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Quantum Field Theory (in a Nutshell)

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Annual Maxwell Talk (in collaboration with the Archimedeans)

Why would anybody need to study quantum field theory?

The talk is going to be based loosely and partly on my textbook “Quantum Field Theory in a Nutshell.” At present, I am completing a popular book based, in turn, loosely and partly on this talk.

We will discuss deeply fascinating aspects of quantum field theory at the colloquium level.

About the speaker:

Anthony Zee holds a joint appointment as a permanent member of the Kavli Institute for Theoretical Physics and a professor of physics at the University of California at Santa Barbara. While his main areas of research involve cosmology and the fundamental structure of matter, he is known in the theoretical physics community for his unusual breadth of interests, from condensed matter physics to biophysics. After graduating from Princeton, Zee obtained his PhD from Harvard in 1970, supervised by Sidney Coleman. During 1970–72 and 1977–78, he was at the Institute for Advanced Study. From 1973 to 1978, he was an Alfred P. Sloan Fellow. In his first year as assistant professor at Princeton, Zee had Ed Witten as his teaching assistant.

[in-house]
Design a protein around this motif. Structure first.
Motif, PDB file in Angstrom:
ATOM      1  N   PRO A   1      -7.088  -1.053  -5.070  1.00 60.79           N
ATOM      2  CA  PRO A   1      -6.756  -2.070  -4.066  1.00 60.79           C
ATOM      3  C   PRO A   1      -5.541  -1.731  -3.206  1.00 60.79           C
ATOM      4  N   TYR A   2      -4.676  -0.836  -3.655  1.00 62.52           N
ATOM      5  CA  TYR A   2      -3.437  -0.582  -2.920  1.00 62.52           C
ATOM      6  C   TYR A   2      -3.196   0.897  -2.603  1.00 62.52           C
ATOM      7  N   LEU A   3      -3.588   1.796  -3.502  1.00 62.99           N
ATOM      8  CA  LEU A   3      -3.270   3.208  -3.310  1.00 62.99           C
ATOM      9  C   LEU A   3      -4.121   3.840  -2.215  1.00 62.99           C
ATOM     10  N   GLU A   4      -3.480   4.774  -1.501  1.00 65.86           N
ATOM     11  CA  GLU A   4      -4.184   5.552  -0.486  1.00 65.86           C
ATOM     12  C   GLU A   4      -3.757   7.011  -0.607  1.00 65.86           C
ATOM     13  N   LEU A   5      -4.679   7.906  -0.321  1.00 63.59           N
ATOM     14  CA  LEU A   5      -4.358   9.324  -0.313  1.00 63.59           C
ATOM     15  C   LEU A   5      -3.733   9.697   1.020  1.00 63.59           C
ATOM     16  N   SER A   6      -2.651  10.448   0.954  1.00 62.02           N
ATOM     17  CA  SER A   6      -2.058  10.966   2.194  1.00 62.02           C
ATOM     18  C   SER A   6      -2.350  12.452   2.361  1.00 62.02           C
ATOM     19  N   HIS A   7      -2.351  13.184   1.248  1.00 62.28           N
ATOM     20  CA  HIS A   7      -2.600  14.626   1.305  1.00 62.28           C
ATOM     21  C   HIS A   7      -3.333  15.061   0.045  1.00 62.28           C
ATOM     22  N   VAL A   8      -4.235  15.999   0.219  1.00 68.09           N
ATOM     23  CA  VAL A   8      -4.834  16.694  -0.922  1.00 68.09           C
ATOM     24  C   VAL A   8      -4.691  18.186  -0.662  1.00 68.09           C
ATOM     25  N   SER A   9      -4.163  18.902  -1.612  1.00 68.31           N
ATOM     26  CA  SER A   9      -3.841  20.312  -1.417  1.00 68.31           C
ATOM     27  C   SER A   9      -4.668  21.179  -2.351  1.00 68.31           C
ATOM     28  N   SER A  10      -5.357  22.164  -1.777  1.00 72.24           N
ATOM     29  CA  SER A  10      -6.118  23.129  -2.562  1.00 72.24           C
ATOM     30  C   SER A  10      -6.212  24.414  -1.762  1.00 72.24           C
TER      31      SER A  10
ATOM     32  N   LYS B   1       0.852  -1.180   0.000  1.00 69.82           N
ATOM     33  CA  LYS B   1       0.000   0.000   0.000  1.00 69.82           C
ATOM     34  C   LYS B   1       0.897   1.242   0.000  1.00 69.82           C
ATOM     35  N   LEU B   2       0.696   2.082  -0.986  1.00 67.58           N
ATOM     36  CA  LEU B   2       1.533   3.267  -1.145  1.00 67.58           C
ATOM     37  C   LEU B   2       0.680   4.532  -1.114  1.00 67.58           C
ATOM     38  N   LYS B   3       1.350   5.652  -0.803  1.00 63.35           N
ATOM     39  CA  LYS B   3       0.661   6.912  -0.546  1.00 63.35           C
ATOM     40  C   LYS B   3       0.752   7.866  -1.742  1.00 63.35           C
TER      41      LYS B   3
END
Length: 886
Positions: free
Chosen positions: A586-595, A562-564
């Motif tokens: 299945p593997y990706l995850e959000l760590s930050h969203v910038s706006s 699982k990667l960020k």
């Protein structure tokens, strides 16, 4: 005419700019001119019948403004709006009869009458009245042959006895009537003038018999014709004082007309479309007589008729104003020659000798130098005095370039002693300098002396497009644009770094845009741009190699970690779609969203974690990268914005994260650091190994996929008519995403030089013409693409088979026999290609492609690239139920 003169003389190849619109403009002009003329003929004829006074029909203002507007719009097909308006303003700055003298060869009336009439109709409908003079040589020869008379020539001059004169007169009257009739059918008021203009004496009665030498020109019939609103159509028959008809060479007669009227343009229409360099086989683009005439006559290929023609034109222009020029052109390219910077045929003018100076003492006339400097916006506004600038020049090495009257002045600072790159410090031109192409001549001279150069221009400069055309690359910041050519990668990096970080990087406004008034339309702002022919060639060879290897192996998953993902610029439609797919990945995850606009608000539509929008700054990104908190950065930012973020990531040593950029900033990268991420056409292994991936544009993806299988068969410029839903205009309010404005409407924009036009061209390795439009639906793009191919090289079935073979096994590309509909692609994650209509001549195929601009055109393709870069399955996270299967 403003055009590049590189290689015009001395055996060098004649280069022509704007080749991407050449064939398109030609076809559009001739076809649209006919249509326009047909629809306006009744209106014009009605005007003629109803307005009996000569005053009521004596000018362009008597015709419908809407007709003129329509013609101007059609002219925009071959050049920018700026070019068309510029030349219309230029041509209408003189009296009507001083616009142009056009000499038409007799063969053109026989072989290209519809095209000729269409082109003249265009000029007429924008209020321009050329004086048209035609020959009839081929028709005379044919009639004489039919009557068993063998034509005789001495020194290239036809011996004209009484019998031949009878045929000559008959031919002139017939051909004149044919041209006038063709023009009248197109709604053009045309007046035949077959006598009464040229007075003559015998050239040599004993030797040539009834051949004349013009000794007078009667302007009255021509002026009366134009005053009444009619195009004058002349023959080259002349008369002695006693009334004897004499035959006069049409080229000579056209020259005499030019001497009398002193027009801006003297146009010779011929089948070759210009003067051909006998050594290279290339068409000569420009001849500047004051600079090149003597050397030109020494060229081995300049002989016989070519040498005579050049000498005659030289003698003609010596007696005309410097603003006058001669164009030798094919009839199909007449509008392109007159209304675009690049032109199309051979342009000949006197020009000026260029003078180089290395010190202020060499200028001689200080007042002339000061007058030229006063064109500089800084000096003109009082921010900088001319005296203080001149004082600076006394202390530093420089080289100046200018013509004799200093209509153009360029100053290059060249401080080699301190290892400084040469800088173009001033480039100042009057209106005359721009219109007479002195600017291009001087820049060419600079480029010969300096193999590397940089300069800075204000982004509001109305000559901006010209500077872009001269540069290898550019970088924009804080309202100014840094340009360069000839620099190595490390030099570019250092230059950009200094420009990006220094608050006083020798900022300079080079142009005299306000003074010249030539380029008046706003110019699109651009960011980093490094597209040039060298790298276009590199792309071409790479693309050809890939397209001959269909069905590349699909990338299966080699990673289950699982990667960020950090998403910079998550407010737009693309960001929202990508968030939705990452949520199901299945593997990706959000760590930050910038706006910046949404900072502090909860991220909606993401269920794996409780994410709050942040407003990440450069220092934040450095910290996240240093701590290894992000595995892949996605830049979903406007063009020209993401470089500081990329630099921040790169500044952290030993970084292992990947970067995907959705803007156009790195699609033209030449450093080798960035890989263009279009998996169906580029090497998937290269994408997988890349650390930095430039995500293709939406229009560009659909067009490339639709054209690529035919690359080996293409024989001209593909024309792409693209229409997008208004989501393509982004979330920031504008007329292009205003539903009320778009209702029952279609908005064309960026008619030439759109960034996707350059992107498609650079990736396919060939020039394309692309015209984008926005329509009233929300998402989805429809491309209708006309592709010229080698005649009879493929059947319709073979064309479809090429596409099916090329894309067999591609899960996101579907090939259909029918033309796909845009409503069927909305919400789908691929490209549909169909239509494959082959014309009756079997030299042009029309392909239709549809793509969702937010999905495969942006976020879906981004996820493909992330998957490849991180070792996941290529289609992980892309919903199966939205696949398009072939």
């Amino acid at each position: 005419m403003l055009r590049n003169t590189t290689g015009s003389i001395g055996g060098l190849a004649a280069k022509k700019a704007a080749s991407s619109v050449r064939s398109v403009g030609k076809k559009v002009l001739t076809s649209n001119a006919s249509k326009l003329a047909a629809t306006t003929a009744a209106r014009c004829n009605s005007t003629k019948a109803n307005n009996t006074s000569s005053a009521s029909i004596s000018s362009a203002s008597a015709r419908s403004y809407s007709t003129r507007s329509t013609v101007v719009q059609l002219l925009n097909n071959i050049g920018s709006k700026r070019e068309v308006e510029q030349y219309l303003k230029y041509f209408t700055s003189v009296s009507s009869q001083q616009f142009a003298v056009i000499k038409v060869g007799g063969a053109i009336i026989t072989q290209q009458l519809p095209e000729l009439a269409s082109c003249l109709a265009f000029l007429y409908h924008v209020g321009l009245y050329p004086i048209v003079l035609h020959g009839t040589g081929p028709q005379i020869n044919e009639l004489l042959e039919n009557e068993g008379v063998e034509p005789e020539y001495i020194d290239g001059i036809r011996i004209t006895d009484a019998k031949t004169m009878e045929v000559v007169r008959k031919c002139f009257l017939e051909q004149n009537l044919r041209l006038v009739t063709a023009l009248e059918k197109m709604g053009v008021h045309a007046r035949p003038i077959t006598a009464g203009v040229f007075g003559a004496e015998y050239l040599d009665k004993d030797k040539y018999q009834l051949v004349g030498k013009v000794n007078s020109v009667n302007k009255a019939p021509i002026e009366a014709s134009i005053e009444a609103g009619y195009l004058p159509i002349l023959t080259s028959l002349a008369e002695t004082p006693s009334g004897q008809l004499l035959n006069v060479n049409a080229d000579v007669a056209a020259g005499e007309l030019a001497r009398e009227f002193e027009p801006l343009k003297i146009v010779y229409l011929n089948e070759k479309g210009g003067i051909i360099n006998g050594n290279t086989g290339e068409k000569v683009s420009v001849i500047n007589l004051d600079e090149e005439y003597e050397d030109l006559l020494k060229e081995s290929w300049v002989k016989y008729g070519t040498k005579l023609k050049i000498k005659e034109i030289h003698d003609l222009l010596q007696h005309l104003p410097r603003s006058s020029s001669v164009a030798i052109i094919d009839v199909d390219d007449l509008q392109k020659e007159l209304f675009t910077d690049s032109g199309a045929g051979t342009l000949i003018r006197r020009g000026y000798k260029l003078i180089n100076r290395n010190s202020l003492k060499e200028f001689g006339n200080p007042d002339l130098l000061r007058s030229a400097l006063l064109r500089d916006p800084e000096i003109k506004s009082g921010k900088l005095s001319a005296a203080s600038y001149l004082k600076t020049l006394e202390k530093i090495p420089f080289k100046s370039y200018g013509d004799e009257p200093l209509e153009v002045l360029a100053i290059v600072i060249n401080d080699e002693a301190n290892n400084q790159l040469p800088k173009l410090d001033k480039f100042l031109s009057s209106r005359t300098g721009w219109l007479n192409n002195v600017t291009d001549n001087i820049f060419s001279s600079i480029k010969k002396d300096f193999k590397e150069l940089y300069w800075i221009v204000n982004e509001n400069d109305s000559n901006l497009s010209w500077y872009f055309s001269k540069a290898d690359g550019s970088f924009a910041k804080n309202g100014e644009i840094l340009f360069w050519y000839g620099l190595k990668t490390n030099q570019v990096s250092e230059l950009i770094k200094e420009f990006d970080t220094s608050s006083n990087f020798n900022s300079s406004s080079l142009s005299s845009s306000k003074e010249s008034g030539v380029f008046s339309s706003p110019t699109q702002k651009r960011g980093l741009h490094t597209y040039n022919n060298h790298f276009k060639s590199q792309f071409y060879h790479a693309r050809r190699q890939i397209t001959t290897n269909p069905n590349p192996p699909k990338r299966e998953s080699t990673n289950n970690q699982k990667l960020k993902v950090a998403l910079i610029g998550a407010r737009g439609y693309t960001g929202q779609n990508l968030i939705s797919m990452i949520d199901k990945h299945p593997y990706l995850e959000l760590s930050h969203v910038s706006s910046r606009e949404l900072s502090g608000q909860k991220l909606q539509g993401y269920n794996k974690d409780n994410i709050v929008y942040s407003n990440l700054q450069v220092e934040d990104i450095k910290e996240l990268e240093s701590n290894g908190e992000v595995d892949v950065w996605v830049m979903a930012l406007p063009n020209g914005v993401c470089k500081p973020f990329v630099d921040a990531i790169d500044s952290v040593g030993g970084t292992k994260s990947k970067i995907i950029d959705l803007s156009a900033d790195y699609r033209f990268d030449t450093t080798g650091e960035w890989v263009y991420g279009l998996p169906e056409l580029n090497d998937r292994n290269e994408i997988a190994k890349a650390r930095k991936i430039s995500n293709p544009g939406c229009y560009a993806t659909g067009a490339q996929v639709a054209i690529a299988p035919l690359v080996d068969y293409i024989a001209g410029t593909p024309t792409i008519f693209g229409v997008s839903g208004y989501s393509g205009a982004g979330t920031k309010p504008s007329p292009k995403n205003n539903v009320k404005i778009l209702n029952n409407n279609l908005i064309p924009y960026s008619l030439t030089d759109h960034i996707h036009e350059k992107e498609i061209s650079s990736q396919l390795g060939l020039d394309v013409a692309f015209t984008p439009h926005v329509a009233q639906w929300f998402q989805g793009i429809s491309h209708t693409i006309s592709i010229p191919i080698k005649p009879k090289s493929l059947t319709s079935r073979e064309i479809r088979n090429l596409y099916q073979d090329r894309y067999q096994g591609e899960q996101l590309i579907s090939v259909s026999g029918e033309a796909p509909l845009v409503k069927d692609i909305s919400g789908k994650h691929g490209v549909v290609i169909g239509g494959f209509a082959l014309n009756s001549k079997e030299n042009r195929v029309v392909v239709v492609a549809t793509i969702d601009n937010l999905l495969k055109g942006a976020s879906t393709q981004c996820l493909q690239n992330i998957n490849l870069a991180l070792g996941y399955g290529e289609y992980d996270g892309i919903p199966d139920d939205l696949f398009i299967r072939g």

Professor Zee has authored or co-authored more than 200 scientific publications and several books. He has written on particle physics, condensed matter physics, anomalies in physics, random matrix theory, superconductivity, the quantum Hall effect, and other topics in theoretical and mathematical physics.

A knowledge of quantum field theory is not required to understand the talk.

This talk is part of the Cambridge University Physics Society series.

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